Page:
How did SD Tech get involved?
In January 1995 the U.S. Department of Energy sent out a request for participants in SunRayce 95. Thirty schools would be selected from those responding and would be awarded a "seeded" entry in the race. The remaining 10 racing slots would be awarded to the 10 vehicles that covered the greatest distance at a pre-race qualifier.
SD Tech was one of 65 schools that responded with proposals indicating how they would design, build, test and race a solar powered vehicle. A major part of the proposal writing process included establishing a realistic budget for the project. Of the 65 responses, 30 schools had previous experience in SunRayce and/or the World Solar Challenge (held triennially in Australia). In other words, to become a seeded team, SD Tech needed to displace a team with previous experience.
A total of 6 new (rookie) teams were awarded seeded entries in SunRayce 95 and SD Tech was one of them. This is a major accomplishment in itself, especially when considering some of the schools that were not awarded including MIT, Cal Poly Pomona, UT Austin, Michigan Tech, etc. In addition to schools from the continental United States, SunRayce has teams from Canada, Hawaii, Mexico and Puerto Rico.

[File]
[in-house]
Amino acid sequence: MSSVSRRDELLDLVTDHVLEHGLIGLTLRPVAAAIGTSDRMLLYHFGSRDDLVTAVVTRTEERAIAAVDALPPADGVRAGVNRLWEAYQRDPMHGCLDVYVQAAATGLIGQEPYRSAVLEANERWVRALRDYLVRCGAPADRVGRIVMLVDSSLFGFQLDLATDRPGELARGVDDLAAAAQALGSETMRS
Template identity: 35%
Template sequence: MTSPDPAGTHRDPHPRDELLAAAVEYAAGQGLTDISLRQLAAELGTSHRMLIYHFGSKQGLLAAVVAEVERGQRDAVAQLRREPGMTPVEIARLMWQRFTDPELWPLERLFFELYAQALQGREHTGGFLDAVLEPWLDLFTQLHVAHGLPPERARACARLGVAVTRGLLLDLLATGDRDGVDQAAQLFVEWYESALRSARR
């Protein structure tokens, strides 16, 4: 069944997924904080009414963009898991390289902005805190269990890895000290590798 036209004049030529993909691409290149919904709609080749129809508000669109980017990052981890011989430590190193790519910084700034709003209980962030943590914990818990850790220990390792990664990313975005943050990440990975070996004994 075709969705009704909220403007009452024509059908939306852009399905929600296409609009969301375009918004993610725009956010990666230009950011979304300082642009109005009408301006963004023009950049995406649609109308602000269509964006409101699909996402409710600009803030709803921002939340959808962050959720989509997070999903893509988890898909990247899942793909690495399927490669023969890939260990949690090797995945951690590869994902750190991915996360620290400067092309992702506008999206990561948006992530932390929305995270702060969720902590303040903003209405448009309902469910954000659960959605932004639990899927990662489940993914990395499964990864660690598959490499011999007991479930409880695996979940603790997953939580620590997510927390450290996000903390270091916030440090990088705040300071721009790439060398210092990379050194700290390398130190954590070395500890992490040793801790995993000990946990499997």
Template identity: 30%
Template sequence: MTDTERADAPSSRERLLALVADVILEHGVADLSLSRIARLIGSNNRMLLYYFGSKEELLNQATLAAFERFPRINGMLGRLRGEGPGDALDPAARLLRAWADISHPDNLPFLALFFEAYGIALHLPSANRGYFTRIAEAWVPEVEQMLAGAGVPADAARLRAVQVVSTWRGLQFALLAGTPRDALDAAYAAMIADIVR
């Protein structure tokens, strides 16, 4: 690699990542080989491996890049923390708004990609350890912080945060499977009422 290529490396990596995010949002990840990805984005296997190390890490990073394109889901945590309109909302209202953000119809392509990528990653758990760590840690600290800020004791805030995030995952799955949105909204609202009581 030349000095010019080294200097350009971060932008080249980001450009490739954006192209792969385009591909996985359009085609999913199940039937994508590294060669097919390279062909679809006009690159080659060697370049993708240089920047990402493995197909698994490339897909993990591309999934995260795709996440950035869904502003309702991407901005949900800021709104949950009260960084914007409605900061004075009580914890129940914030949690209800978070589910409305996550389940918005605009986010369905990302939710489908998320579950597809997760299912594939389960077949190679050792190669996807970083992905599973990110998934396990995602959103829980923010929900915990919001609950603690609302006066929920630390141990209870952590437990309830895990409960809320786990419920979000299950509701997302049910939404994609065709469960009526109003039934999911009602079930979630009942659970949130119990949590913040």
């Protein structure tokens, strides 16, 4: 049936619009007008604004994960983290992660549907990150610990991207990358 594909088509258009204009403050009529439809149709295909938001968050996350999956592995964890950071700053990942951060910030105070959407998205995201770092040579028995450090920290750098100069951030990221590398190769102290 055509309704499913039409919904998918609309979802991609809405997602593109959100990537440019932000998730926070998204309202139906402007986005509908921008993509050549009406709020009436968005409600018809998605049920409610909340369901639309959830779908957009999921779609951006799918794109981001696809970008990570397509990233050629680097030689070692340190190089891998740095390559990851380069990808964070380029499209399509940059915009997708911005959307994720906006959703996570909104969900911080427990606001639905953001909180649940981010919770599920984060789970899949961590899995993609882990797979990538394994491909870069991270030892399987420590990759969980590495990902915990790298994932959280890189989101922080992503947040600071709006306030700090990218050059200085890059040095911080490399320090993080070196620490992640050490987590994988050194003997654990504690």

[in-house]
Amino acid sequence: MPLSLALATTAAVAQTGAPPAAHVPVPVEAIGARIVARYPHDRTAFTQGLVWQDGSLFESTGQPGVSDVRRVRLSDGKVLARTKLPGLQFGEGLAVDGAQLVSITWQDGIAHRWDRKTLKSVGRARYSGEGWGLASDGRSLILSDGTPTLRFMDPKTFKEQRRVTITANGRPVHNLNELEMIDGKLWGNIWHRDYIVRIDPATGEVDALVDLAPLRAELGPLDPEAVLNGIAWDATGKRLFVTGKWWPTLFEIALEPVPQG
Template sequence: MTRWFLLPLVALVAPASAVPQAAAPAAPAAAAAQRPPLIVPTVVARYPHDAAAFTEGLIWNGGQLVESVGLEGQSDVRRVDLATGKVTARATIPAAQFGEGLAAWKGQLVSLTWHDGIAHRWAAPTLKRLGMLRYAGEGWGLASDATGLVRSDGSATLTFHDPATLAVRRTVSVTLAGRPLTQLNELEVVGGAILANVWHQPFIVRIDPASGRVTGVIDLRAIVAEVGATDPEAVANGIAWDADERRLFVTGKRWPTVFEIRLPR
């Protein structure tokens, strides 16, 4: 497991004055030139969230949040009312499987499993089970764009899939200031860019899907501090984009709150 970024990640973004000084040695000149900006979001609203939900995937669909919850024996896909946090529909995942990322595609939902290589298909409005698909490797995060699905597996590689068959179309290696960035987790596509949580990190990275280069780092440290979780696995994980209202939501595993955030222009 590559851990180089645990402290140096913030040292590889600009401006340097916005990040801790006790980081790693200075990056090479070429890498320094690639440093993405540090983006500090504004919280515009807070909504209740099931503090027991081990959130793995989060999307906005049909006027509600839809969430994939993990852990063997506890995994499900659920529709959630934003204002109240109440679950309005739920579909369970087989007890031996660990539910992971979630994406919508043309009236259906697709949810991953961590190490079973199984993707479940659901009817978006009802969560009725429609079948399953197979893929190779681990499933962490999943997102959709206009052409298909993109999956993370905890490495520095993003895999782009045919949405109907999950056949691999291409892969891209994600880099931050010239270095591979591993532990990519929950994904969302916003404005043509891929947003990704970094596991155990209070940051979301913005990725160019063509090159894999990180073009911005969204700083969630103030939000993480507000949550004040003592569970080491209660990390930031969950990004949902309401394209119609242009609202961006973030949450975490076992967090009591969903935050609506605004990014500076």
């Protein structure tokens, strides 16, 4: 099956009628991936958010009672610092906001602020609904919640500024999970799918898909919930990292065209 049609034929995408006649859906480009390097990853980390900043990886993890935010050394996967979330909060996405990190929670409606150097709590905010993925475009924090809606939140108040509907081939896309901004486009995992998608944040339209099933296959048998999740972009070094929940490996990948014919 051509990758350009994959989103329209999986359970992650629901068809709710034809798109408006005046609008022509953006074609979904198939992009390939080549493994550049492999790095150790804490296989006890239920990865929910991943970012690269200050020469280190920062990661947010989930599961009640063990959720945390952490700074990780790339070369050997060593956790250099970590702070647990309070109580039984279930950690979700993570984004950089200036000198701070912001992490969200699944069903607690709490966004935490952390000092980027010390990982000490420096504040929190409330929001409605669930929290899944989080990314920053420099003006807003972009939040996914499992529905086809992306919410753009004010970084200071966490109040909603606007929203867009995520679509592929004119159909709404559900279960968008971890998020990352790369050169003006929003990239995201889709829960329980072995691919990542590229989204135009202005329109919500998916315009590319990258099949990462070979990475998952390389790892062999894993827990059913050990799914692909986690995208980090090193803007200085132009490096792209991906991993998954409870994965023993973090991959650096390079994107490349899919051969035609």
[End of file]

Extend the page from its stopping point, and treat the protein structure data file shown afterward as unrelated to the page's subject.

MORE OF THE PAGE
In the fall of 2003, the AFV was formed when SDSM&T decided to start
work on making a hydrogen fuel cell vehicle. This vehicle was
going to be made to run in the American Solar Challenge in the Summer of
2007 as an exhibition entry. Unfortunately the American Solar
Challenge was scrapped in the Fall of 2006.
In the fall of 2006 the AFV team got together to discuss where they
wanted the team to go. After careful mitigation, the team decided
to change focus and enter into the Society of Automotive Engineers'
Clean Snowmobile Challenge. This competition had a Zero Emission
class that suits the direction that the AFV team had set forth in its
previous years. These goals were to be on the cutting edge of
technology in building energy efficient and environmentally friendly